President Barack Obama brought an passionate appeal Thursday for Israel to recognize that compromise will be necessary to achieve lasting security and to take steps to reverse an “undertow” of international isolation that is worsened by its failure to make peace with the Palestinians. Militants again underscored Israel’s vulnerability by firing rockets into a southern border town.
Obama declared anew that Israeli expansion of housing settlements in disputed territory only hinders chances for fruitful negotiations with the Palestinians, but he did not say as he has in the past that they must be halted.
Reminding an audience of Israeli university students that the United States is their country’s best friend and most important ally, Obama said the U.S. will never back down on its commitment to Israel’s defense, particularly against threats such as the one posed by Iran and its nuclear program.
“As long as there is a United States of America, you are not alone,” he told a packed audience of university students who erupted frequently with applause and standing ovations at Jerusalem’s convention center.
The applause continued even as Obama stressed that Israel must make peace with the Palestinians if it is to ensure its survival and long-term viability as a homeland for the Jewish people. Israeli occupation of areas that the Palestinians claim for their own state must end, and progress toward creating that Palestinian state will help Israel’s relations with the rest of the world, notably in its Arab-dominated neighborhood, he said.
Unlike in the past when Obama and his top aides have demanded that Israel halt the expansion of settlements in disputed territory, he took a softer approach. Still, on his first trip to Israel as president, he said its people should understand that specific actions, notably ongoing construction of Jewish housing on disputed territory, hurt the chances for restarting stalled peace talks with the Palestinians, who have made a halt to such building a demand for returning to negotiations.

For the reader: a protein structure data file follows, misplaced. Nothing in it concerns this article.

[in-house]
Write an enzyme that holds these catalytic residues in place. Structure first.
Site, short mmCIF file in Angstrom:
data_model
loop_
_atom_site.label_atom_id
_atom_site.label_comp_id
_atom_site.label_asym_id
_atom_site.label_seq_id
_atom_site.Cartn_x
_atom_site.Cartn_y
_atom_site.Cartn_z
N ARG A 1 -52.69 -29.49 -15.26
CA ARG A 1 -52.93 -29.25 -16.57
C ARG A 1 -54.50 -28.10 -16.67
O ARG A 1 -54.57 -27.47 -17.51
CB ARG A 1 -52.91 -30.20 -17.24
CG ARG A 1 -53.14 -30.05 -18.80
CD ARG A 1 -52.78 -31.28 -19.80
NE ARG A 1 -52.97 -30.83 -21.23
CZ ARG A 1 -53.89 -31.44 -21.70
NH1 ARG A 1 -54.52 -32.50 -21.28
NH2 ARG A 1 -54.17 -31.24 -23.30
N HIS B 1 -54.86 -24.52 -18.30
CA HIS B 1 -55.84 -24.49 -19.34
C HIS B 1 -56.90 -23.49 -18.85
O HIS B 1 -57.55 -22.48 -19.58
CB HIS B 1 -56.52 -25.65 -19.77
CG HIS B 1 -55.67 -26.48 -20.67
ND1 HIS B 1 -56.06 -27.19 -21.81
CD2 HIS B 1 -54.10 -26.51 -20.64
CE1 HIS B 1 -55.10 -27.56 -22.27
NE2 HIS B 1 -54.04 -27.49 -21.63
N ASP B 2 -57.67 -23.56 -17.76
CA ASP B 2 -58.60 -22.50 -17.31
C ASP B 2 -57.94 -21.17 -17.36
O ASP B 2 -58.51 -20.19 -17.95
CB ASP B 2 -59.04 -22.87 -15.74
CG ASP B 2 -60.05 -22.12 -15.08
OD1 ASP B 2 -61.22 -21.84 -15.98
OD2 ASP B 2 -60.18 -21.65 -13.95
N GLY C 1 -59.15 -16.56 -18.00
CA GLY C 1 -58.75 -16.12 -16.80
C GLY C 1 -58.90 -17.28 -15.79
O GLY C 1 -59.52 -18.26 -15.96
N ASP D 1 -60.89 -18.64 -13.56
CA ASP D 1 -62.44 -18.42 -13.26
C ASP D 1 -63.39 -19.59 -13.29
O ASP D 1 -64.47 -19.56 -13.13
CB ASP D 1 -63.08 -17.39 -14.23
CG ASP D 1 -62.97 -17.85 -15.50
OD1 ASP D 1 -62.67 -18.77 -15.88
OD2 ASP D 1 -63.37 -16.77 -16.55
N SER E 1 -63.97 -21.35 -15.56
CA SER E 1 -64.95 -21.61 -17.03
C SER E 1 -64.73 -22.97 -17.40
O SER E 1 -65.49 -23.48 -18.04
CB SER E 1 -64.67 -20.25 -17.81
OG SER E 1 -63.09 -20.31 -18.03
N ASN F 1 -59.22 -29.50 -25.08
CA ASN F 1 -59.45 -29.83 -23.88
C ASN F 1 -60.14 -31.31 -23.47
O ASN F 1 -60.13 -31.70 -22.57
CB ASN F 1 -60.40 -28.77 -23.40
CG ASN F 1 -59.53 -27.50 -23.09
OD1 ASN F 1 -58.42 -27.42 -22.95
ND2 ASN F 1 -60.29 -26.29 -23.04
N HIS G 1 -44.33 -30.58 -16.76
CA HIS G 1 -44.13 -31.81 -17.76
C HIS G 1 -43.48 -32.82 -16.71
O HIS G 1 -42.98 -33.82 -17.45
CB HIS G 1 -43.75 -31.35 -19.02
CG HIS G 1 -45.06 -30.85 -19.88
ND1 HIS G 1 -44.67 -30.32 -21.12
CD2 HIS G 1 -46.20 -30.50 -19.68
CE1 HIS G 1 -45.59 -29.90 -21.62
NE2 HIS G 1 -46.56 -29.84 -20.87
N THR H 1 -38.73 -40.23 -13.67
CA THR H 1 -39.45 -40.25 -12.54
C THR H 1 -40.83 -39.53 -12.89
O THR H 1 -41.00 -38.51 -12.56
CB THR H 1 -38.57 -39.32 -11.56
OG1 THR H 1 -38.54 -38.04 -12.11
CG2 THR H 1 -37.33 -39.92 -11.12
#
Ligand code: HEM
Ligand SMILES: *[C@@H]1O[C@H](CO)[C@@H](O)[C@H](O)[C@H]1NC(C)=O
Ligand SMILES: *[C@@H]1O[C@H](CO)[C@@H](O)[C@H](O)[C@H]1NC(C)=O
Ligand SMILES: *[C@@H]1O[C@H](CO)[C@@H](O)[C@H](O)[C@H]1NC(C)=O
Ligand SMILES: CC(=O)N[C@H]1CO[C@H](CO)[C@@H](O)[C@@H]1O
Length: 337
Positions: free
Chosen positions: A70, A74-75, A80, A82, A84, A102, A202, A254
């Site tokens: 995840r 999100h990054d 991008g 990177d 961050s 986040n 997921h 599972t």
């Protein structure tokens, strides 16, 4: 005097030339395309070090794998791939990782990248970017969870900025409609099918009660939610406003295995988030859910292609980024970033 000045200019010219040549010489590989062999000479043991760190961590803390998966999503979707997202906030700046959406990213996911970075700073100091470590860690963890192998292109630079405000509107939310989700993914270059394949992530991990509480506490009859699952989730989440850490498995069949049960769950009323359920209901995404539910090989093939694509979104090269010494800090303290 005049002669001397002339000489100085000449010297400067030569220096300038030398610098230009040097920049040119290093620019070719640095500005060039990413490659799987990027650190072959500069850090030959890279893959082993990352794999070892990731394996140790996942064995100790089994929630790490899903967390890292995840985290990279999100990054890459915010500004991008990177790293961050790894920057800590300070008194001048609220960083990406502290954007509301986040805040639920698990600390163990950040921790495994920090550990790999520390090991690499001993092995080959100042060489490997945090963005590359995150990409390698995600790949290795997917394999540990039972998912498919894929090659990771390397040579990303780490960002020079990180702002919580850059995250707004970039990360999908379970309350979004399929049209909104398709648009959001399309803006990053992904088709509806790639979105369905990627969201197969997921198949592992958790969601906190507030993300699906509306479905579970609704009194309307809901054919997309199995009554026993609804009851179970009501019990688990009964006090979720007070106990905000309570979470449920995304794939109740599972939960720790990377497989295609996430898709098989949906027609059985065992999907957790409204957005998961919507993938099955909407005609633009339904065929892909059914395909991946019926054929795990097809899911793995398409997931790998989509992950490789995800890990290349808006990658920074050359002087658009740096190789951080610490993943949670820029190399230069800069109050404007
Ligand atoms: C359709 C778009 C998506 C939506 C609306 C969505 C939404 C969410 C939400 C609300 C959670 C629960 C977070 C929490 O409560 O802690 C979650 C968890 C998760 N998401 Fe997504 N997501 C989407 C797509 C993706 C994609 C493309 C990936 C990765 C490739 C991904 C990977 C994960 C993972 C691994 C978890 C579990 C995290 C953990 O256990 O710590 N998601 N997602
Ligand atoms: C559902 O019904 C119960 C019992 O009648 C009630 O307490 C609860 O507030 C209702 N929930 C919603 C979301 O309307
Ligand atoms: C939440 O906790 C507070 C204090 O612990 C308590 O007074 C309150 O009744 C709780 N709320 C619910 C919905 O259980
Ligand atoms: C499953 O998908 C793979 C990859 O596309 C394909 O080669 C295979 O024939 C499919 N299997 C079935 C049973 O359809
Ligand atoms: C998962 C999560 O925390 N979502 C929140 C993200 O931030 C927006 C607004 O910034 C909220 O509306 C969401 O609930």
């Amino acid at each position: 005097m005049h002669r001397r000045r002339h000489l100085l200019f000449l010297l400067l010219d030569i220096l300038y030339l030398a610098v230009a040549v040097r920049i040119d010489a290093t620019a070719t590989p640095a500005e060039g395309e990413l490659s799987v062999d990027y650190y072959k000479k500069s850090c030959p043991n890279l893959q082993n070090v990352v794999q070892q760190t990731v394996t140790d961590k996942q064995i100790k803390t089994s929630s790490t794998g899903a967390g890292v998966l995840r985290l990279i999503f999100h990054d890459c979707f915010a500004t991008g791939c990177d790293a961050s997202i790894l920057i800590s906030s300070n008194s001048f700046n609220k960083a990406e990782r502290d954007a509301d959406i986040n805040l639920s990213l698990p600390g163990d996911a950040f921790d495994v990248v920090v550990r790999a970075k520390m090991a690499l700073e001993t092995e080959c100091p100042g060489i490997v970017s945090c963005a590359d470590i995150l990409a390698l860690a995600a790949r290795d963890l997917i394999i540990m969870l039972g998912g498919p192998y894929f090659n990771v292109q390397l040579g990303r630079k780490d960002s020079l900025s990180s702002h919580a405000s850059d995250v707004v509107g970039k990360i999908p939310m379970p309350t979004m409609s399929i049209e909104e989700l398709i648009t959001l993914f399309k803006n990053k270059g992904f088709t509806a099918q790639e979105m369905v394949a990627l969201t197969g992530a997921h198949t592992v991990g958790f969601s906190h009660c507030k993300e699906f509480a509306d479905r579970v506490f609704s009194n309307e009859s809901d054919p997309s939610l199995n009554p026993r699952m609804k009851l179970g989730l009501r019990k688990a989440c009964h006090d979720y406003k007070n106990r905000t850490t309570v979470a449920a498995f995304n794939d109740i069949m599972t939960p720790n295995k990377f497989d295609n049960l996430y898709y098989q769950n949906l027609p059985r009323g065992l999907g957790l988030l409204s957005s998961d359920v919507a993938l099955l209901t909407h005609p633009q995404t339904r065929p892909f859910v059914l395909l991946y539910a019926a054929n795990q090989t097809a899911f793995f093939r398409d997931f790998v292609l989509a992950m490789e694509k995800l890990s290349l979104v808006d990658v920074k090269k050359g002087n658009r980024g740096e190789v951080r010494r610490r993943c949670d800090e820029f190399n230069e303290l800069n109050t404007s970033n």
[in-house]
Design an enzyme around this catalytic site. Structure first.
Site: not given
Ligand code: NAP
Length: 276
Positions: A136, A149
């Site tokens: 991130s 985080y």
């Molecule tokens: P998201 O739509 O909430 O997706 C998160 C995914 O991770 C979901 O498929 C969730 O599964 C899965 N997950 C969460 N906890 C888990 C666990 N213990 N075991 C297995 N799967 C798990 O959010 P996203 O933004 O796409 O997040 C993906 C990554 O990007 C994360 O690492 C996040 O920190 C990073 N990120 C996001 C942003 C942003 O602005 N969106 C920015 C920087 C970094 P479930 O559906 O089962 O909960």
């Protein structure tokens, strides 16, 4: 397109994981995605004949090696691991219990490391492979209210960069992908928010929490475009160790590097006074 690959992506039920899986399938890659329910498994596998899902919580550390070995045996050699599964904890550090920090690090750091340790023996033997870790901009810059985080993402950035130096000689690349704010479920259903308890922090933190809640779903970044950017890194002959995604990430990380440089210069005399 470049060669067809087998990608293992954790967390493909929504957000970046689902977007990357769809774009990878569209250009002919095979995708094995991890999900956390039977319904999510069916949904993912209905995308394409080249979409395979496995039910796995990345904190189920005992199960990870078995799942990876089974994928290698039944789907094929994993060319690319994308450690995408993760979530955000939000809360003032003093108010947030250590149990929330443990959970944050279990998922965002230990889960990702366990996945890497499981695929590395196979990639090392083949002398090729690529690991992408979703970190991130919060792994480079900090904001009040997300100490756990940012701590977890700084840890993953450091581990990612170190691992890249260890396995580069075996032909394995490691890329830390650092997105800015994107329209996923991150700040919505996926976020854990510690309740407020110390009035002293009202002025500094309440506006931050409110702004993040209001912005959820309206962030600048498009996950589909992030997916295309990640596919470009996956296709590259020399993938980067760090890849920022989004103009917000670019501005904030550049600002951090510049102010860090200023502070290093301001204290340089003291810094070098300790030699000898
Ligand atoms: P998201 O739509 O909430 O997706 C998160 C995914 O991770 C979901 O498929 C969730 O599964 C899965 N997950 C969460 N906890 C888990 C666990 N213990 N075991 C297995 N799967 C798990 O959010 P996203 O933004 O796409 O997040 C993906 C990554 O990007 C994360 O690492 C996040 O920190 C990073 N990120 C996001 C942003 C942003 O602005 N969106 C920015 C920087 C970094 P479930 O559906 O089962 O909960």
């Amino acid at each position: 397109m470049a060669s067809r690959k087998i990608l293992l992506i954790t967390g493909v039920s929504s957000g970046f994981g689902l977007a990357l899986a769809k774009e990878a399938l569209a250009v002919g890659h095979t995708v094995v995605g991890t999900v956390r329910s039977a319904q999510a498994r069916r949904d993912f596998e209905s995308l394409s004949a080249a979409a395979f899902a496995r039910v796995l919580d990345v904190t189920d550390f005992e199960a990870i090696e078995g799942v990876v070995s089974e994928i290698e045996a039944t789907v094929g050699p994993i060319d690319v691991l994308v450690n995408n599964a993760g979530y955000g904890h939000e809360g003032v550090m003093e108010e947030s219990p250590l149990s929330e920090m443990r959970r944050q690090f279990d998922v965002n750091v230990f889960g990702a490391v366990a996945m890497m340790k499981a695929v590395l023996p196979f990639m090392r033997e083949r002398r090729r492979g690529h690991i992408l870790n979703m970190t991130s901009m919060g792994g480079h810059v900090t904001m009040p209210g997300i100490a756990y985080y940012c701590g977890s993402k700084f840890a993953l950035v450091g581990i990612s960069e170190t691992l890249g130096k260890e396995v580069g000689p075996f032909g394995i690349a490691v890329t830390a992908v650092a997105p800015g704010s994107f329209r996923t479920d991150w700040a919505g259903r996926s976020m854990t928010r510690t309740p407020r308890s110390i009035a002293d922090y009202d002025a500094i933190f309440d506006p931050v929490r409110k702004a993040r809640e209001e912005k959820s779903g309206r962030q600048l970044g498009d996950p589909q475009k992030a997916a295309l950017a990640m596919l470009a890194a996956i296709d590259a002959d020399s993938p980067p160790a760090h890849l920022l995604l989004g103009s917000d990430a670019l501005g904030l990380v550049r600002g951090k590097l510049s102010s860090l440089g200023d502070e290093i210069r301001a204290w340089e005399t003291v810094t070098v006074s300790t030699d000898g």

“Israelis must recognize that continued settlement activity is counterproductive to the cause of peace, and that an independent Palestine must be viable with real borders that have to be drawn,” he said. “No single step is going to erase years of history and propaganda, but progress with the Palestinians is a powerful way to begin, while sidelining extremists who thrive on conflict and thrive on division. It would make a difference.”
In what appeared to be an attempt to blunt such criticism, Obama used his speech to the Israeli students to appeal to their love of freedom, respect for human rights and common values with Americans to do the right thing. He offered profuse praise for Israel’s history as a haven for refugees fleeing social and religious persecution. He hailed the technological innovations made by Israeli scientists and engineers.
Though he made no demands of Israel, he made clear he was seeking their cooperation and understanding as a friend, noting that it would be easier for him to avoid anything approaching criticism of Israel because of its very strong backing in Congress and among the American people.
“Politically, given the strong bipartisan support for Israel in America, the easiest thing for me to do would be to put this issue aside, just express unconditional support for whatever Israel decides to do that would be the easiest political path. But I want you to know that I speak to you as a friend who is deeply concerned and committed to your future.”